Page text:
HOUSTON - FOX 26 looking into allegations about the new technology being used in cities like Houston to quickly identify where gunshots come from, is called ShotSpotter.
ShotSpotter has been around for 25 years but only in use in Houston and Harris County within the last few years. The service is aimed at detecting gunfire in real-time.
"When a gunshot happens in an area we hear it, detect it and locate it," said Ron Teachman with ShotSpotter Inc.
ShotSpotter is now coming under fire, facing allegations they manually altered reports to fit request by police, an allegation, Teachman tells FOX 26, is untrue.
"Any such allegations about ShotSpotter has been involved in any fabrication or altering of any evidence for court is a lie," said Teachman. "It is absolutely untrue, what we do is examine the data and fact."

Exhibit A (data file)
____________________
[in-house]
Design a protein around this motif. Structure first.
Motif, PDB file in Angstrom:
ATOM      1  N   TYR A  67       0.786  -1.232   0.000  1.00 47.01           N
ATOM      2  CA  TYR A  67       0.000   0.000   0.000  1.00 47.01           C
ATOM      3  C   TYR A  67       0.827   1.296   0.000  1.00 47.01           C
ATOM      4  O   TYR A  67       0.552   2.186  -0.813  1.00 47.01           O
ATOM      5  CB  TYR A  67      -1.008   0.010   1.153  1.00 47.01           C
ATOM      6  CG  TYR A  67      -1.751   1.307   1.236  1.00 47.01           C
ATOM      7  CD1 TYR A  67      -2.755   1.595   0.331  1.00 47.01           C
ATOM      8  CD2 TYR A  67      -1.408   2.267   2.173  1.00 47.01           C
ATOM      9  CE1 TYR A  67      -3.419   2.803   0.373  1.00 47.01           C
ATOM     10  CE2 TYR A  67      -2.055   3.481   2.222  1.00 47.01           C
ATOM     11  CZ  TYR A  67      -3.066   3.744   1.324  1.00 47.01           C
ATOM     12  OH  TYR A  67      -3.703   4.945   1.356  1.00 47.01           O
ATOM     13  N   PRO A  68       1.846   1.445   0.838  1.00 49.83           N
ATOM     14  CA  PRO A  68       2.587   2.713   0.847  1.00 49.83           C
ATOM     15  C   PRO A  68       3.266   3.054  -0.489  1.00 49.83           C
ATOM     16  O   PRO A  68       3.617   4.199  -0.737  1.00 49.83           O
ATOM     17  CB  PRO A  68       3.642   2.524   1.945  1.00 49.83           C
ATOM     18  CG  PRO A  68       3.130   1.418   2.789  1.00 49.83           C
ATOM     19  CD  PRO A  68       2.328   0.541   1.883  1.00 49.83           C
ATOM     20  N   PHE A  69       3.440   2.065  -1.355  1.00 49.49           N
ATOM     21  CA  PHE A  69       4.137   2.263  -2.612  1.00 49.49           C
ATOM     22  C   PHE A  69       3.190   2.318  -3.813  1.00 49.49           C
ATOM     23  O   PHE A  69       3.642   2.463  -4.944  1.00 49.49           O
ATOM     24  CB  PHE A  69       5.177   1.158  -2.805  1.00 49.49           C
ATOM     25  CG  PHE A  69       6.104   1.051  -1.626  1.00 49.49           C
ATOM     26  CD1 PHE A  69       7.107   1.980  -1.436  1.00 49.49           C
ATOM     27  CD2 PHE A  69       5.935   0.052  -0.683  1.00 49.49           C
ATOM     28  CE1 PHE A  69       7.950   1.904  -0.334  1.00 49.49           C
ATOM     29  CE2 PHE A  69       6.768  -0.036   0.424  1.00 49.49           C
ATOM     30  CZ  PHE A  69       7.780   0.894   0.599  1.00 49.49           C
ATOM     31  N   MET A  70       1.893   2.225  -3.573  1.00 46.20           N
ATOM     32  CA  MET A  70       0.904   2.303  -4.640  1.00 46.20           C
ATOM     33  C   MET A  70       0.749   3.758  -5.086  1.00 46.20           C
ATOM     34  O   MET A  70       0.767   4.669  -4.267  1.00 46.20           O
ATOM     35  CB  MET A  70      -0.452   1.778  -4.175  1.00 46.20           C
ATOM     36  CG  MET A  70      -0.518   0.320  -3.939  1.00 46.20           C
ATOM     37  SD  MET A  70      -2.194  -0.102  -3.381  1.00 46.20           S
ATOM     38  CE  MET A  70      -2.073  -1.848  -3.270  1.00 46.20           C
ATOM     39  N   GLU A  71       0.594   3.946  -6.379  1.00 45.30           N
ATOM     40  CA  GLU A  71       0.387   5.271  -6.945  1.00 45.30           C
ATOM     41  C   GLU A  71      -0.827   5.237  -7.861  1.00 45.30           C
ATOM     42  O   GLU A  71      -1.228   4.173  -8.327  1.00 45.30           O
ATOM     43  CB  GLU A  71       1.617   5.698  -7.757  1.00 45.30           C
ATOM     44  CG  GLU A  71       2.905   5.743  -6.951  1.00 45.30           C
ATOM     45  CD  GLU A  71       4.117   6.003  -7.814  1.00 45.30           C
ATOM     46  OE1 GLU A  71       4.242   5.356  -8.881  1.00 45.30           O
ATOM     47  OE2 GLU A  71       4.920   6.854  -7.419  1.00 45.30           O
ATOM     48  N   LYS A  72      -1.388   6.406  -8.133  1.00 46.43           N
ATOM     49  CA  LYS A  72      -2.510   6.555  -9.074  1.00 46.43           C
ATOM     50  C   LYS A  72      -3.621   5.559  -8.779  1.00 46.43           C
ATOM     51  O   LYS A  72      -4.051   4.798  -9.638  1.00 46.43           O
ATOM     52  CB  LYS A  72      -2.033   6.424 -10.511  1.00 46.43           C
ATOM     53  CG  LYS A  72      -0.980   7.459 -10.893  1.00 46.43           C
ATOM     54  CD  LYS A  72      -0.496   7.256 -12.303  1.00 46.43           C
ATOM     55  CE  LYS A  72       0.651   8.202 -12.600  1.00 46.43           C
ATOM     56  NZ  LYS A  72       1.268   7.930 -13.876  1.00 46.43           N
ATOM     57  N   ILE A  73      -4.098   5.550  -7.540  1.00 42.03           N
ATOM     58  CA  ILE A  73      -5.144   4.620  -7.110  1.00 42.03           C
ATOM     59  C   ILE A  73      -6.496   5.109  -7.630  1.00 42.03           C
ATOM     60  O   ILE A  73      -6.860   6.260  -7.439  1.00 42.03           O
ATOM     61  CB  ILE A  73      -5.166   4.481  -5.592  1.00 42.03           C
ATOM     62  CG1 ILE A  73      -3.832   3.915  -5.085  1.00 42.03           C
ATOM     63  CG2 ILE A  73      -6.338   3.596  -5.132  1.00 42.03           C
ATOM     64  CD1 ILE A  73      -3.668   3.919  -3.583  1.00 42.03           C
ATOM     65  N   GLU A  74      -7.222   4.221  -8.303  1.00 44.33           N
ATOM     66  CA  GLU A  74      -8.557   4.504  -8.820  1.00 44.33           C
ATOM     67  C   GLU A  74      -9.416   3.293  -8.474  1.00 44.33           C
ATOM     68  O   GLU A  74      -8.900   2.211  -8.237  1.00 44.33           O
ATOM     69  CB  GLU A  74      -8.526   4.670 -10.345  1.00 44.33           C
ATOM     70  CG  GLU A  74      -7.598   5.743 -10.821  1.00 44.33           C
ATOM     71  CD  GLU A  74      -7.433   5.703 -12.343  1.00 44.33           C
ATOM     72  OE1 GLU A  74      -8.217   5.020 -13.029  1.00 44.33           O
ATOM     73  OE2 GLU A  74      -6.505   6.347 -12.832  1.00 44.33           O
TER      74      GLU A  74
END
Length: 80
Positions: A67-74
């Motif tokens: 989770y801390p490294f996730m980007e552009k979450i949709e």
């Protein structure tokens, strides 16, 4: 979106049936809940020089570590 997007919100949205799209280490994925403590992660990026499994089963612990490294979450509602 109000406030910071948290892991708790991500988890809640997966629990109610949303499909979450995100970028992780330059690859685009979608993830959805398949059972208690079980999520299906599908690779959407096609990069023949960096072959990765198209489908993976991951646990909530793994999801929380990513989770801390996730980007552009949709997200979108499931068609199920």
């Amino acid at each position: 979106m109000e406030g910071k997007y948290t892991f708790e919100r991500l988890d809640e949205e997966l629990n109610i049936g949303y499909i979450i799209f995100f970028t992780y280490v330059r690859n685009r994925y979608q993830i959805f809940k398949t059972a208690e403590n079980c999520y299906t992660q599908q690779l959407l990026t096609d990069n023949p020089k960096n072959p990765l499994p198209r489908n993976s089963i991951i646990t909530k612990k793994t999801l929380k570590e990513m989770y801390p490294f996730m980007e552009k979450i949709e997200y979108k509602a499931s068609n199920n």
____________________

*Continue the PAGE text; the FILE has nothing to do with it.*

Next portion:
Chicago prosecutors have now withdrawn evidence from their system amid these allegations, and in New York, a judge has overturned a conviction citing its unreliability.
Teachman says it’s a piece of evidence that courts can choose to use or not.
"We don’t have an agenda, our job is to supply that evidence to the court system," said Teachman. "We may do a review but that doesn’t mean we are chaining it to suit a narrative."
The company says there are two different analyses that happen in real-time and within a minute.
"There is a machine classification using sophisticated algorithms, but then we add a human element where a human will go through a series of steps," said Teachman.
In cases like homicides where their service is expected to be used as evidence, an additional step is taken to do a forensic analysis.
" What happens on occasion, usually when there has been a homicide or an officer-involved shooting, we are requested to do a deeper review called a forensic analysis," said Teachman.
As of now Houston and Harris County, Precinct two have pilot programs.
According to the Harris Co. Sheriff’s office, as of Thursday, these are the numbers:
Alerts Received 585
Guns Seized 15
Charges Filed 32